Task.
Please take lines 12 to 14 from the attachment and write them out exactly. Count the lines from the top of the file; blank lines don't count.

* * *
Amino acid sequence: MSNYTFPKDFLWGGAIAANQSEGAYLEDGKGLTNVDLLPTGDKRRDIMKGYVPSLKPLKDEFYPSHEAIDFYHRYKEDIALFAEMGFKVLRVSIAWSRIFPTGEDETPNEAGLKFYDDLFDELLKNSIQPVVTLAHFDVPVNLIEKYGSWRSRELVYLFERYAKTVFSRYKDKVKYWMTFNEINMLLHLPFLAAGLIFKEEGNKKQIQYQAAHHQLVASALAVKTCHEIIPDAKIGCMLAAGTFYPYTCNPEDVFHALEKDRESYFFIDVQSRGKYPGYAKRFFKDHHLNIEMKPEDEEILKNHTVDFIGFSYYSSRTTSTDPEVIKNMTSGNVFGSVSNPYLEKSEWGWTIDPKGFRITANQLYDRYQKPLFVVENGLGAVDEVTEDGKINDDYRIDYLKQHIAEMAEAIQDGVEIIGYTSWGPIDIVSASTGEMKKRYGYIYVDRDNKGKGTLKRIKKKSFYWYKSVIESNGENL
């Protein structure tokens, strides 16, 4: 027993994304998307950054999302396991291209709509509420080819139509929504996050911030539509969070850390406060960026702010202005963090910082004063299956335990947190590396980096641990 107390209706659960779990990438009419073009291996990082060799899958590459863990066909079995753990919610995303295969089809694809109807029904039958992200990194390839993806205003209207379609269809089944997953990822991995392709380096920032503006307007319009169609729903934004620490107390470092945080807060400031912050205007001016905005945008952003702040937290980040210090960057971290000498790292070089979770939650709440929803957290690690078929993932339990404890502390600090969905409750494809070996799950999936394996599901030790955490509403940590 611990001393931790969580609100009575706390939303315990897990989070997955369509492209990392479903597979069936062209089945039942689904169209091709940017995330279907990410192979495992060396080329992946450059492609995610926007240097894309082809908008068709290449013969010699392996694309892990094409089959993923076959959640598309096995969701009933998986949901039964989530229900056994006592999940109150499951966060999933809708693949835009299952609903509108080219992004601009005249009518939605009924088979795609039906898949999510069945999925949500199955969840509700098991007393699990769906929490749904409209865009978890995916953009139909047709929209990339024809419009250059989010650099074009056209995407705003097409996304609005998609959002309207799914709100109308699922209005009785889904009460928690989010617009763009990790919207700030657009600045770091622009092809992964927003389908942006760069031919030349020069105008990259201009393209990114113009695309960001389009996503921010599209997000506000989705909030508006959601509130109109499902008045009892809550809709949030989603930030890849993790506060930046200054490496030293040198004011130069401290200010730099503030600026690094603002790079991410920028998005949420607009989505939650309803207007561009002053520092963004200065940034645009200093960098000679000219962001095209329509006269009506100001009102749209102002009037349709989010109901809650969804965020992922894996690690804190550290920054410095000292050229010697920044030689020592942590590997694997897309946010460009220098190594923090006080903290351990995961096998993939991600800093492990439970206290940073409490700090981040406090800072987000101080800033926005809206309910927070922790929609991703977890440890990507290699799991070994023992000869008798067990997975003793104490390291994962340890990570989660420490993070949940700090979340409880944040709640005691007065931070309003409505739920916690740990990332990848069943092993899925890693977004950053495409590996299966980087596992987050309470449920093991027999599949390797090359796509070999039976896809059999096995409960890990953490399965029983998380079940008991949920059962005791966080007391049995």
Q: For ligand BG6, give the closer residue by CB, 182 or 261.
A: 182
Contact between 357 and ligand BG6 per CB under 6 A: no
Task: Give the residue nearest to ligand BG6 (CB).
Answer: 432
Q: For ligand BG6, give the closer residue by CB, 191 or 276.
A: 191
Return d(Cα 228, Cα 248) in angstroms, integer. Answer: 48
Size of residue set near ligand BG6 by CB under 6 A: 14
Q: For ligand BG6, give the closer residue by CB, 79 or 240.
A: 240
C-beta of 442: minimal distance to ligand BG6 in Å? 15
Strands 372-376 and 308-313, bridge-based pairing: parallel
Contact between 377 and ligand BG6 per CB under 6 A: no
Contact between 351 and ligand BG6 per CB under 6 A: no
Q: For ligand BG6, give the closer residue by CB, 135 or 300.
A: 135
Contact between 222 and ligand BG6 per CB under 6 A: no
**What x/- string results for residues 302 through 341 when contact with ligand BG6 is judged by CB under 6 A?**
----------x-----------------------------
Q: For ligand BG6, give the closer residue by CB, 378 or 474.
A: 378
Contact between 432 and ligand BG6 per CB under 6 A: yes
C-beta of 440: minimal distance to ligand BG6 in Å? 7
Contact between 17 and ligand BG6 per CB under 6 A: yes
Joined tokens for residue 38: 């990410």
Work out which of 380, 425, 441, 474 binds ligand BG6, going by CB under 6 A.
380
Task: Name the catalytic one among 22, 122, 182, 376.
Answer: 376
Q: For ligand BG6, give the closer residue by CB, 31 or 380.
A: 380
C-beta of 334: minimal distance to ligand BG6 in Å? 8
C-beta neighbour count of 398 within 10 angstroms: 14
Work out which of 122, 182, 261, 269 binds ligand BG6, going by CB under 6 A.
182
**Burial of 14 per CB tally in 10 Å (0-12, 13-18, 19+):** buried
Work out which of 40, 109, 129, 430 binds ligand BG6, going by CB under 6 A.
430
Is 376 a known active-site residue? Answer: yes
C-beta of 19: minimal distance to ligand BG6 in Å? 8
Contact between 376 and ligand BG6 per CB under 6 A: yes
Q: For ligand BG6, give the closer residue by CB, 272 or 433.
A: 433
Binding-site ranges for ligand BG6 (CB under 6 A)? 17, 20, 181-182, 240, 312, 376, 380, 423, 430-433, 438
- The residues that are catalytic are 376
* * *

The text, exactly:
Q: For ligand BG6, give the closer residue by CB, 79 or 240.
A: 240
C-beta of 442: minimal distance to ligand BG6 in Å? 15